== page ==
One of the best things I learned when my son became ill with chronic migraines was patience. That and teamwork. The Doctors will tell you that adolescents with migraines have to keep interacting with the world.  That is really difficult for parents to get their heads around. Kids have to keep going to school even if they are in pain. You feel like a bad parent.  But if you don’t do it, the results are worse. 

My wife’s job every morning was to get my son out of the house and into the car. There were days when that was akin to getting a mule to go up a ladder backwards. My job was to drive him to school, give him the time he needed to pull himself together if he could, and to get him in the front door of the school. This required patience.  It required learning where the shadiest parking places in the High School parking lot were: The shadow of that maple tree that disappears at ten o’clock.  In the shadow of the huge truck that one kid drives to school every day from the farm. Memorizing the name of the farm painted on the truck’s door after having seen it day after day for several months.  

It required learning to talk with the Police when they pull over and ask why you have been sitting in the school parking lot for over two hours with your engine idling. Exactly what they should be doing by the way, but it is embarrassing. They do get to know who you are.

But the real thing about patience and migraines is that you have to be willing to wait, calmly, with no radio, no video, no texts going bing-bing-bing. Hypersensitivity to light and sound is like having an uncontrollable annoying super-power. I don’t know how Clark Kent managed. A person with a migraine can hear the buzz of your earphones and it will drive them to distraction. You have to be willing to wait in silence. You get really good at reading books quietly. At one point I was going through a mystery a day.  Did you know that Tony Hillerman mysteries only have seventy to eighty thousand words? You can read them fast. Thank goodness for public libraries.  But I digress.  I often had two or three books in the car, in case I finished one (or hated one) and needed a second book (or a third.)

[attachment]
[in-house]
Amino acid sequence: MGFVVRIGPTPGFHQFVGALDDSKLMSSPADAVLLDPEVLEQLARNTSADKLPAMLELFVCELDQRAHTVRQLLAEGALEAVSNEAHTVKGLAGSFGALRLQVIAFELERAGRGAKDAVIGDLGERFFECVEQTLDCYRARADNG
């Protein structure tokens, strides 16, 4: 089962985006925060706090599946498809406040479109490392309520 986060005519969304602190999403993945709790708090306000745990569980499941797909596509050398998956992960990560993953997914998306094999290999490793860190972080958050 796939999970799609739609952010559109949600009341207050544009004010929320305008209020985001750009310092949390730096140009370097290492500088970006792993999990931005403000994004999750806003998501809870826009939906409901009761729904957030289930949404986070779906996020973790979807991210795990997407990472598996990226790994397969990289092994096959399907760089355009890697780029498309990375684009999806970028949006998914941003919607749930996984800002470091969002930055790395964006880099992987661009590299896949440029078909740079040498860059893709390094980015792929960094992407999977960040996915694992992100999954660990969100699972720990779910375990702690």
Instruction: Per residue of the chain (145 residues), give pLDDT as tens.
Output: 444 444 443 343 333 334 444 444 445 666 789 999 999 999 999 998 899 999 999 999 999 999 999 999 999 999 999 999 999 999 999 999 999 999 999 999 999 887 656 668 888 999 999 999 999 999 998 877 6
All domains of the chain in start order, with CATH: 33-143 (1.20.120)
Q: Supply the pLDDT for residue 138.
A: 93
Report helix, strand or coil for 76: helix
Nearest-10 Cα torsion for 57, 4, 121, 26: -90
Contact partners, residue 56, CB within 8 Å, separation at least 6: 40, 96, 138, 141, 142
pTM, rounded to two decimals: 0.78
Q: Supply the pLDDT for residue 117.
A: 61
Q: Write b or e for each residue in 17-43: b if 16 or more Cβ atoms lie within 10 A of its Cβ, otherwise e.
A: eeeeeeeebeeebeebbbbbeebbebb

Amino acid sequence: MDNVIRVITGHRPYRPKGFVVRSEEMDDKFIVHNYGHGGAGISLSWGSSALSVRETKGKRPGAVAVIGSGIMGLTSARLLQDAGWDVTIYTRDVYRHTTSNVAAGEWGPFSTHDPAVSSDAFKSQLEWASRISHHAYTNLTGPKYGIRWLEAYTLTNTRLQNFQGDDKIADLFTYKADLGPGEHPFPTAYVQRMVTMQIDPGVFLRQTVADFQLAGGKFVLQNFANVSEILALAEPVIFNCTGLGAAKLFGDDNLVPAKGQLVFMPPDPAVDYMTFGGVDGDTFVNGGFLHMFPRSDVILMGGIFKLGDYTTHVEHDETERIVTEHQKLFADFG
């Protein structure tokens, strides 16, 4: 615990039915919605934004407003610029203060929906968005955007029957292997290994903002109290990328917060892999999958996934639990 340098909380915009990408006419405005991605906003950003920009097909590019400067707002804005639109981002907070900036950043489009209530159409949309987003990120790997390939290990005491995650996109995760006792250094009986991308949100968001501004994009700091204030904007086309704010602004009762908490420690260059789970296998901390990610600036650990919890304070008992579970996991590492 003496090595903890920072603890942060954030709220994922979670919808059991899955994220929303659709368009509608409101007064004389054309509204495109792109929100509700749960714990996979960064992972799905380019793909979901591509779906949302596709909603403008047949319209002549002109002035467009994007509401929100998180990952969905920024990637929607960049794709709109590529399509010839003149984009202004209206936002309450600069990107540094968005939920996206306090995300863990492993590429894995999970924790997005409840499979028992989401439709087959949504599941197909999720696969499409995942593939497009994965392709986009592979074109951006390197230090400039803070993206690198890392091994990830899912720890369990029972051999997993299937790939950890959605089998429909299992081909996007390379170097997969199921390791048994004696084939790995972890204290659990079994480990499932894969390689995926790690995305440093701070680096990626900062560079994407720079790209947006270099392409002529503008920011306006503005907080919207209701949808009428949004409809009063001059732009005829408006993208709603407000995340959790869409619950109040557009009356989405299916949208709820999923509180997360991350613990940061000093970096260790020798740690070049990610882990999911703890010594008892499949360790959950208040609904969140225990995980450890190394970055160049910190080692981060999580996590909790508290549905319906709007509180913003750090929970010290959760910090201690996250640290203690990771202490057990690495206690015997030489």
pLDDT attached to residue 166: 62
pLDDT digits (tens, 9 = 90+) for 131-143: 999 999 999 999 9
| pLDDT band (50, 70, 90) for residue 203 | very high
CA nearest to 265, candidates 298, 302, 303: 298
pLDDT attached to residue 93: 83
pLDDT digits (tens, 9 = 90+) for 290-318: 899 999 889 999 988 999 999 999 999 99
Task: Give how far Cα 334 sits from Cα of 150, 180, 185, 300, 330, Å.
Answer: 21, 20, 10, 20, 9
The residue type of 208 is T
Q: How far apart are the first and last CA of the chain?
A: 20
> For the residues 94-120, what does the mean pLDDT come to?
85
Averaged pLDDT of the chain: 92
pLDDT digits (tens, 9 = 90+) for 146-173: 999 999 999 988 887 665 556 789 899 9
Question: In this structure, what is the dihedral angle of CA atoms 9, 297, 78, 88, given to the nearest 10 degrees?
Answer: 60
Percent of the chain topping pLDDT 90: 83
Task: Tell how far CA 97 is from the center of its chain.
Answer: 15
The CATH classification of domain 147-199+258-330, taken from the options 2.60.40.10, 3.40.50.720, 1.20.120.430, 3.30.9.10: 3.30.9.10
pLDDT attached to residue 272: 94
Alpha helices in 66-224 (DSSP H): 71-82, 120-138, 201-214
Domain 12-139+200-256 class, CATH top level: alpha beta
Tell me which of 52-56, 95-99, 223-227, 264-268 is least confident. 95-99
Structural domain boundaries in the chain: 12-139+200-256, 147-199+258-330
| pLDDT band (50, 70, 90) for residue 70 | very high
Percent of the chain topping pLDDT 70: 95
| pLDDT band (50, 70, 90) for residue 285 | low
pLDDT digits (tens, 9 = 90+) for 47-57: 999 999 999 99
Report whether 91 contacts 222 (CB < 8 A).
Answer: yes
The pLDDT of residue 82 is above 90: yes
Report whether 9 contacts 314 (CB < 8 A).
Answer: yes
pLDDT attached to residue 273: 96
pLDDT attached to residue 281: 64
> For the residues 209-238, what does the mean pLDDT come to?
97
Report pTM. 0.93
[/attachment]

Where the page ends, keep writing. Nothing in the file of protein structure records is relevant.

Some days I would find myself feeling too antsy to sit still. Felt that if I didn’t do something I was going to pop. That’s how I was raised.  You have to be working. You have to be doing something. 

Now here’s a little aside; parents with kids with migraines often feel like they would do just about anything if they could help their kid and stop the pain. I know I did.  If it would stop the migraines if I amputated a leg below the knee, well, get the saw. Maybe a big bag of ice too. 

But something like that doesn’t help. A prosthetic leg just makes it harder to get the kid in the front door of the school. So, what is one to do?  I felt too antsy to sit still and be patient. I gave up coffee.  I gave up tea.  I gave up caffeine in all it’s various delivery systems. Now I’m a guy who used to drink so much coffee I would make jokes before getting another cup like, “I have too much blood in my caffeine stream.” People said, “What?  No coffee?  You?” “It helps me be patient.” 

I ceased being a coffee achiever and moved on to being someone who could sit and wait glacially and give my son a chance to get things together before going into the school. I won’t soft pedal it.  Some days that didn’t work at all. We went home. Some days it took hours and hours and my son would stagger into the front door of the school well after noon. His Principal, bless him, was there every single day to say, “We’re glad you could be here.” And he did graduate, so it was worth it. 

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